While I can’t do anything about this situation other than move to a country that has a treaty with the US, selling direct is the only way for me to bypass the tax payment to the IRS.

If you’re a US citizen or currently reside in the US, selling directly to your readers isn’t going to prevent you from having to pay your due to the IRS.

You still need to pay the tax. There’s no exception here.

Getting started with selling ebooks on your website

The idea of selling your books directly to the readers may sound intriguing. But that’s impossible to do if you don’t have a website, right?

Even if you have one, you can’t integrate with any of these services since you have an author website on a free platform like

Well, here’s the good news for you.

You don’t need to have an author website since a platform like Gumroad and Payhip doesn’t require you to have a website.

All you need to do is to register, upload your books and share the links to the page wherever you want.

No website is required.

You can take a look at this page right here to learn more about the website that you can use to sell your books directly to your readers.

And in case you’re wondering, I use Payhip to sell books directly to my readers.

You can take a look at my Payhip store right here if you’re curious about what it looks like.

And while we’re at it, don’t forget to use the coupon code THEEFFICIENTYOUBLOG to save 25% off on any books that you buy from the store.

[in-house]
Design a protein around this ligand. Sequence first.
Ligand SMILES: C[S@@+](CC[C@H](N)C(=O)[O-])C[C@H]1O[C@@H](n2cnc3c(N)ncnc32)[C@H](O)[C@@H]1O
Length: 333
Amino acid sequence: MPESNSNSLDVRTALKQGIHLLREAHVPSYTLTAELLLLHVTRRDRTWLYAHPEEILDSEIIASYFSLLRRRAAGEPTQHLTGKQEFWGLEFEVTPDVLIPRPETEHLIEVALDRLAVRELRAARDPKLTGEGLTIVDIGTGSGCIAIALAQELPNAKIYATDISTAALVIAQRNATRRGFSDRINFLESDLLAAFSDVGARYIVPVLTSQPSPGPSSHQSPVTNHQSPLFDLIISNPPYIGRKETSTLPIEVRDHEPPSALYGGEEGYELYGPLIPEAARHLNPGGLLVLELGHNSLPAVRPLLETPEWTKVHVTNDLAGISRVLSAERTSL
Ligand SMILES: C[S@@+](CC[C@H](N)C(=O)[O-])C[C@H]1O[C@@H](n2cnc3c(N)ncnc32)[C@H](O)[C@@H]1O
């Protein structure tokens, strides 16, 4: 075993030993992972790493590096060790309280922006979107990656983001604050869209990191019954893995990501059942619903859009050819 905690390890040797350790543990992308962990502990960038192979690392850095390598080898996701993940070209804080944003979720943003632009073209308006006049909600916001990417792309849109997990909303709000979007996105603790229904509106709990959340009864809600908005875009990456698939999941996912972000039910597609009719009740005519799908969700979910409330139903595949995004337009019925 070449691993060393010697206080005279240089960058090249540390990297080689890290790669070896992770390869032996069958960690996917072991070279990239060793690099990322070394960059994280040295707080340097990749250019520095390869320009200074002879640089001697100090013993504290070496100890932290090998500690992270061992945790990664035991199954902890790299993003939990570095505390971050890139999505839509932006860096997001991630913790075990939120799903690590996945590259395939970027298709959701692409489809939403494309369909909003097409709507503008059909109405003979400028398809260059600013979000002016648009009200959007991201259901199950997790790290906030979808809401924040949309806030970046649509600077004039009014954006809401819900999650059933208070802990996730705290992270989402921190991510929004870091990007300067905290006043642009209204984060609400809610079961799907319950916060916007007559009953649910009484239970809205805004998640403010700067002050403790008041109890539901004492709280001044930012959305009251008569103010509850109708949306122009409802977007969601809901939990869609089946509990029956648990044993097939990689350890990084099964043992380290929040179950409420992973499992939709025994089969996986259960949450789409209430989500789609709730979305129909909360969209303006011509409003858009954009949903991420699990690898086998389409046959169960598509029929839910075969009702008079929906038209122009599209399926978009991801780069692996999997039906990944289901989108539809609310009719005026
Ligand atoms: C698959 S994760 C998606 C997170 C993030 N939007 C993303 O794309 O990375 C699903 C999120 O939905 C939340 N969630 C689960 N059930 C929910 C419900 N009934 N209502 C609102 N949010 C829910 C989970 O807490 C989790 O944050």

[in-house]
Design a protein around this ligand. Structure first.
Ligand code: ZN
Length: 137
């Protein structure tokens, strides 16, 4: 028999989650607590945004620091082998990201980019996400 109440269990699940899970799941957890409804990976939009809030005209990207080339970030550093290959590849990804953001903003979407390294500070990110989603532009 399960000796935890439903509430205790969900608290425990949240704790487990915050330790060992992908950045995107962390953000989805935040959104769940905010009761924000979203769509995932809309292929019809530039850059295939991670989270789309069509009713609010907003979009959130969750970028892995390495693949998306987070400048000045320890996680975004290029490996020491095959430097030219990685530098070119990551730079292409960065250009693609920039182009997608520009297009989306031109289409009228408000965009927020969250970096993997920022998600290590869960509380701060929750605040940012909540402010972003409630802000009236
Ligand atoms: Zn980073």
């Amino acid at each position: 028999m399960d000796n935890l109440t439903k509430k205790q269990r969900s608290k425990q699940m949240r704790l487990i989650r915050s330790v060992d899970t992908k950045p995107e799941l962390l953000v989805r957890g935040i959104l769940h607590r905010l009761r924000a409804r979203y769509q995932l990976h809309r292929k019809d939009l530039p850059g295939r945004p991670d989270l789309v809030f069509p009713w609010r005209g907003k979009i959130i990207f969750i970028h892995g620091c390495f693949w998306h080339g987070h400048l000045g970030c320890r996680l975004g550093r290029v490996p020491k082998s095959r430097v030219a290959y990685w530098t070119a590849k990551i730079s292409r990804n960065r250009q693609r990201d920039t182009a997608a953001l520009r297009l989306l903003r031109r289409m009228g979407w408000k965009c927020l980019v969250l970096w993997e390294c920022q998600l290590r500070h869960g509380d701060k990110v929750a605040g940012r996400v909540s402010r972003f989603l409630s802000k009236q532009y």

Just to let you know that I have a Payhip store for The Efficient You as well. You can take a look at the store right here.

This is where I’m going to be focusing on

Just to let you know that the idea of selling directly to the readers isn’t something that I decided to do at a spur moment.

It’s something that I have already done since the beginning of my author career.

Like many authors, the bulk of the sales tends to come from the retailers. So, there’s no reason for me to put my attention on direct sales when most of the sales are coming from somewhere else.

But after all these years, I realize that generating sales from the retailers requires just as much work as generating direct sales.

So, I may as well spend most of my time and resources generating direct sales, right?

Just to let you know that I won’t be discarding my book distribution to retailers just yet. But generating direct sales will be what I intend to focus on from now onwards.

P.S Another way to get your readers to buy your books directly from you? Talk about it on social media, of course.

But here’s the thing about social media. You can’t be pestering people all the time, telling people that they should buy your books.

That will only turn people off if the only thing that you talk about on social media is buying your books, nothing else.

And that holds true for Twitter where people can see your tweets on your Twitter profile.

If you’re using Twitter, you can learn how to strike a balance between talking about your books and connecting with your followers effectively in my Twitter Marketing for Business guide.

You can take a look at the guide right here on my Payhip store:

Twitter Marketing for Business guide

Don’t forget to use the coupon code THEEFFICIENTYOUBLOG to save 20% off on your order.